to the number of *pairs* of neighboring susceptible and infected nodes,
symbolically $I-S$. The rate of change for such pairs will turn depend on the
numbers of triples in configurations like $S-S-I$ or $I-S-I$. The rates of
change for triples will depend on the number of quadruples, and so on and so
on. In a closure approximate, we "close off" this escalating hierarchy, by
expressing the number of nodes in large configurations in terms of the number
in smaller configurations. A very simple closure, for instance, would say that
the number of $S-I$ pairs was proportional to the number of $S$ nodes times the
number of $I$ nodes. A more complicated one might say (for instance) that the
number of $S-S-I$ triples was proportional to the number of $S-S$ pairs and the
number of $S-I$ pairs (divided by the total number of $S$ nodes). As my
examples suggest, closures typically correspond to assumptions about
statistical independence (as in the first example) or conditional independence
(as in the second).

Chapter 3, as I said, introduces the idea of closures, but stays with keeping track of the disease state of individual nodes in the network. Chapter 4 introduces "mean-field" closures for networks where all nodes have the same number of neighbors ("homogeneous degree"), say $m$. In this setting, we can still keep track of the total number of nodes in each compartment, and write differential equations for their expected numbers. For the SIR model, this gives \[ \begin{eqnarray} \frac{d[S]}{dt} & = & -\tau [SI]\\ \frac{d[I]}{dt} & = & \tau[SI] -\gamma[I]\\ \frac{d[R]}{dt} & = & \gamma[I] \end{eqnarray} \] where I'm following the authors in using $[ \cdot ]$ to indicate expectations, and $[SI]$ is the expected number of susceptible-infected pairs. The time-evolution of the latter requires tracking the time-evolution of triples: \[ \begin{eqnarray} \frac{d[SI]}{dt} & = & -\gamma[SI] + \tau([SSI] - [ISI] - [SI])\\ \frac{d[SS]}{dt} & = & -2\tau[SSI]\\ \frac{d[II]}{dt} & = & -2\gamma[II] + 2\tau([ISI] + [SI]) \end{eqnarray} \] (I'm omitting the equations for $[SR]$, $[IR]$ and $[RR]$ out of boredom.) The "closure" part comes in at this stage: rather than writing out equations for the triples in terms of the quadruples, we "close" this system of equations by writing the pairs (or triples) in terms of the singles (or pairs). Closing at the "single level" means saying (hoping!) that \[ [SI] \approx \frac{m}{n}[S][I] \] while closing at the "pair level" ("pairwise closure") means that \[ \begin{eqnarray} [SSI] & \approx & \frac{m-1}{m}\frac{[SS][SI]}{[S]}\\ [ISI] & \approx & \frac{m-1}{m}\frac{[SI]^2}{[S]} \end{eqnarray} \] Either approximation gives us a self-contained (closed) system of ordinary differential equations, which we can solve (semi-analytically or numerically). Numerical solutions tell us about how the system will evolve from given initial conditions. Analytical results concern things like the stability of the un-infected, all-$S$ state, how large $\tau$ must be compared to $\gamma$ to get an epidemic going (the "epidemic threshold"), etc.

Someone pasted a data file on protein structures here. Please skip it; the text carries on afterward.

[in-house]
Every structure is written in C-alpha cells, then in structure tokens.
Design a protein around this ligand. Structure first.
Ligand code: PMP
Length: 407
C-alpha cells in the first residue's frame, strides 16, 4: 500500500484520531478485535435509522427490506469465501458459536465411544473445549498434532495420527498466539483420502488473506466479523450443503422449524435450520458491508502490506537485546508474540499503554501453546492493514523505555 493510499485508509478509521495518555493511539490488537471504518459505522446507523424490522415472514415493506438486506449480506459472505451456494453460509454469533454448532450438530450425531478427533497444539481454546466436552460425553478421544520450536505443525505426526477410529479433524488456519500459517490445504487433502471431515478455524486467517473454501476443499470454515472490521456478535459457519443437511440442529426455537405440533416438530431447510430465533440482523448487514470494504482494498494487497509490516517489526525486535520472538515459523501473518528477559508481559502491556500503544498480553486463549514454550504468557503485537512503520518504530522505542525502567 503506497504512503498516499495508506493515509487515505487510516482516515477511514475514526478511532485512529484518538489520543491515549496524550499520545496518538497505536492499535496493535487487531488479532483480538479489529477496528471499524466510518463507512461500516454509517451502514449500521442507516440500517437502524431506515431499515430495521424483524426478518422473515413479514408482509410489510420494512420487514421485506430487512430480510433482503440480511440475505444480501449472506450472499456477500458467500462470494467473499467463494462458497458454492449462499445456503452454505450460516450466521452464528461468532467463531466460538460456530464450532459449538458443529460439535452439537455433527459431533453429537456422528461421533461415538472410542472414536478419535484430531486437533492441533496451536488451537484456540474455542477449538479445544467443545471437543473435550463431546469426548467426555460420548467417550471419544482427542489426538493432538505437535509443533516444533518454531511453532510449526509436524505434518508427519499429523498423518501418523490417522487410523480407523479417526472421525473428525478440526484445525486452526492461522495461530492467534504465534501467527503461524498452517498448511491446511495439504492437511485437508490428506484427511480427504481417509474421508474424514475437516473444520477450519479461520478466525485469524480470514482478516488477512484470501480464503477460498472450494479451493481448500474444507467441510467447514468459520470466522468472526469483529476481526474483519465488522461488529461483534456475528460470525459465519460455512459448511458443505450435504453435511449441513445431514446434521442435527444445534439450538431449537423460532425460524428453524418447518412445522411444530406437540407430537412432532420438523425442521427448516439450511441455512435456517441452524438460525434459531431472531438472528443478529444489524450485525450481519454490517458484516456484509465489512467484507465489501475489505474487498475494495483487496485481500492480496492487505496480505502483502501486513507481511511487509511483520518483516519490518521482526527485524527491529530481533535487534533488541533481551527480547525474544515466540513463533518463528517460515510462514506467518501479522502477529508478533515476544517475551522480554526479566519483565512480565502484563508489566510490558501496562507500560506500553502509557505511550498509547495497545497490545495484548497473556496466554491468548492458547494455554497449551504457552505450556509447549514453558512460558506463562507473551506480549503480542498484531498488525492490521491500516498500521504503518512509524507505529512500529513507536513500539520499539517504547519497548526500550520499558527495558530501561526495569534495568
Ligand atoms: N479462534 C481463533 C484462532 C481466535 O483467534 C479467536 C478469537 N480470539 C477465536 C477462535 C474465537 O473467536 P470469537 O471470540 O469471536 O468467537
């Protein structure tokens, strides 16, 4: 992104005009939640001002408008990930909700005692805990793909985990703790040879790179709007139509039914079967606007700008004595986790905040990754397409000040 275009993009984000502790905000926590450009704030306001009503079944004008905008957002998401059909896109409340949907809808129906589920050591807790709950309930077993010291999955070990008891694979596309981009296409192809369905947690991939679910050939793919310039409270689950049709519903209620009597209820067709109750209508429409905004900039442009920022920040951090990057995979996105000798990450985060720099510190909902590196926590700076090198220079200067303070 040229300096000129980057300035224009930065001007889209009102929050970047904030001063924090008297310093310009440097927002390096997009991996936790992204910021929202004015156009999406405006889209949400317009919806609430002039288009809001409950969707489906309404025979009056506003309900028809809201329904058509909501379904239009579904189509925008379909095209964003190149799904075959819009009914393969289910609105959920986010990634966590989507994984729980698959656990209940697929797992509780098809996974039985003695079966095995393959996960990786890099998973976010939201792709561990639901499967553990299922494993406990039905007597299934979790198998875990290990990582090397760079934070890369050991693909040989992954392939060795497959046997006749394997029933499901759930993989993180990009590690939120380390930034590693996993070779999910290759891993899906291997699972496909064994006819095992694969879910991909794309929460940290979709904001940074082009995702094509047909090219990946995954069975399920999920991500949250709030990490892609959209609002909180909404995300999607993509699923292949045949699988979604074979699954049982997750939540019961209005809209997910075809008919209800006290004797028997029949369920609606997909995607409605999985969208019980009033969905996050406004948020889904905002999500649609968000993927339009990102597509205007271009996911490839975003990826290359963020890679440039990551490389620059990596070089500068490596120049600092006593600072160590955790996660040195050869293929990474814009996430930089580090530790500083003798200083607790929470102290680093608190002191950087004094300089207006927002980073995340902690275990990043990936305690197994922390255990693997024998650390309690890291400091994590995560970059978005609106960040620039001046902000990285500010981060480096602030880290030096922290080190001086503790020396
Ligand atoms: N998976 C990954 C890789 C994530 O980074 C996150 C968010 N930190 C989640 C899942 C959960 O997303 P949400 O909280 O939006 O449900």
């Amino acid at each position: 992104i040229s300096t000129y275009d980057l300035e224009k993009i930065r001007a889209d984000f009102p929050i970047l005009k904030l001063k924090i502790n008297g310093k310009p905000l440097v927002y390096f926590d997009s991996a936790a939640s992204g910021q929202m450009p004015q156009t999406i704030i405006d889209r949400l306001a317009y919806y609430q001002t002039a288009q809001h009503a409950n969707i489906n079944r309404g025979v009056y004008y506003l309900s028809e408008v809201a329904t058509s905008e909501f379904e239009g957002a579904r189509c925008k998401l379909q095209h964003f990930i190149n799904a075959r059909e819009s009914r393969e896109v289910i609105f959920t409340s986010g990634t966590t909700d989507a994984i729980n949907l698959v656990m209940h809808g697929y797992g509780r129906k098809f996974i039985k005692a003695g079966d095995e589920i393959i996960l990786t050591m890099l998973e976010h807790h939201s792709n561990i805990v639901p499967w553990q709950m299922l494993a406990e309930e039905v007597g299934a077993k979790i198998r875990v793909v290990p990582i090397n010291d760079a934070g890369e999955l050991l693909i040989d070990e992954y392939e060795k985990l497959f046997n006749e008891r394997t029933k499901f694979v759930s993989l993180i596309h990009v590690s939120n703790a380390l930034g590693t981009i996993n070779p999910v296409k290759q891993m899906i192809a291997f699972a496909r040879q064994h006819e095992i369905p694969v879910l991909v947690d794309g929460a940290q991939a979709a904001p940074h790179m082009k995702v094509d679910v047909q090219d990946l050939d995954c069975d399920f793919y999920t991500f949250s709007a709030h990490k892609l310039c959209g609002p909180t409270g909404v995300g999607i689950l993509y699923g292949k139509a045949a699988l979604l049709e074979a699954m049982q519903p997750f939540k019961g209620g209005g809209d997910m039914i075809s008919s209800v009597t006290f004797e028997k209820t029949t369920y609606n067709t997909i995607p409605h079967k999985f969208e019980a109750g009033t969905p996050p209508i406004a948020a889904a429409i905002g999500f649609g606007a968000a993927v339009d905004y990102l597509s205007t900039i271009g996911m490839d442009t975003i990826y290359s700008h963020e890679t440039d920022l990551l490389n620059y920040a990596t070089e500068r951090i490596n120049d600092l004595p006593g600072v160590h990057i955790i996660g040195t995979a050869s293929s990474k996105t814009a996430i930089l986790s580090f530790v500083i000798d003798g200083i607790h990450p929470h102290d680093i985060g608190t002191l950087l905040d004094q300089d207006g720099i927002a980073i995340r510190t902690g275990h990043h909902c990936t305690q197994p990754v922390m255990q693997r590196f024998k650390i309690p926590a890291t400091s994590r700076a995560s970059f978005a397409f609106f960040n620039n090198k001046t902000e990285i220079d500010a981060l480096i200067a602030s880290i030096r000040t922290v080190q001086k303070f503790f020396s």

It's worth remarking here that there are *two* approximations
involved in the mean-filed system of ODEs. One, to which the book gives a lot
of attention, is that of the closures: we're not really counting the number of
triples accurately, and that introduces some error. The other, which the book
doesn't attend to so much, is that we're approximating a stochastic process
(the actual individual-level process) to its expected value. We can hope that
both sources of error will shrink as the size of the network
$n\rightarrow\infty$. Numerical studies, comparing simulations of the
individual-level model to solutions of the mean-field equations, confirm
this hope, especially for the pairwise closure, but they don't break
out the two sources of error separately.

Of course, networks where all nodes have the same number of
otherwise-random neighbors are pretty unrealistic. Chapter 5 thus extends
the mean-field approach to networks where nodes have varying degree,
but are otherwise randomly connected. The trick here is to keep
track of the number of nodes in each compartment *separately* for
each degree, so $[I]_k(t)$ is the expected number of infectious nodes
of degree $k$ at time $t$. So, for instance,
\[
\begin{eqnarray}
\frac{d[S_k]}{dt} & = & -\sum_{l=1}^{M}{\tau[S_k I_l]}\\
\frac{d[I_k]}{dt} & = & \sum_{l=1}^{M}{\tau[S_k I_l]} - \gamma[I_k]\\
\frac{d[R_k]}{dt} & = & -\gamma[I_k]
\end{eqnarray}
\]
where $M$ is the highest degree of any node in the network. This eventually
forces us to consider the dynamics of triples like $[S_k S_l I_j]$, which we
close in terms of the singles or pairwise as before. The pairwise mean-field
equations for degree-heterogeneous but otherwise random networks are remarkably
accurate for a wide range of parameters, and can even work well for some
real-world networks. (By "accurate" and "work well", here, I mean "approximate
simulations of the individual-level model".) The pairwise approximation is
still tractable enough to let us get some analytical results, such as
calculating the "epidemic threshold", the minimum advantage transmission
must have over recovery, in terms of the average degree and the variance of
degrees.

Chapter 5 goes on to consider some further simplifications of the basic mean-field models, made possible by exploiting various symmetries. It also (section 5.6) introduces an alternative closure, called the "effective degree" model, where we keep track of the number of nodes with different configurations of neighbors, so $S_{si}(t)$ is the number of susceptible nodes with $s$ susceptible and $i$ infectious neighbors at time $t$. (Removed neighbors don't matter, hence "effective degree".) The time-evolution of these quantities again involves triples, which again can be closed in terms of the number of nodes in each local configuration.

Chapter 6 considers precolation-theory based models. The idea here is that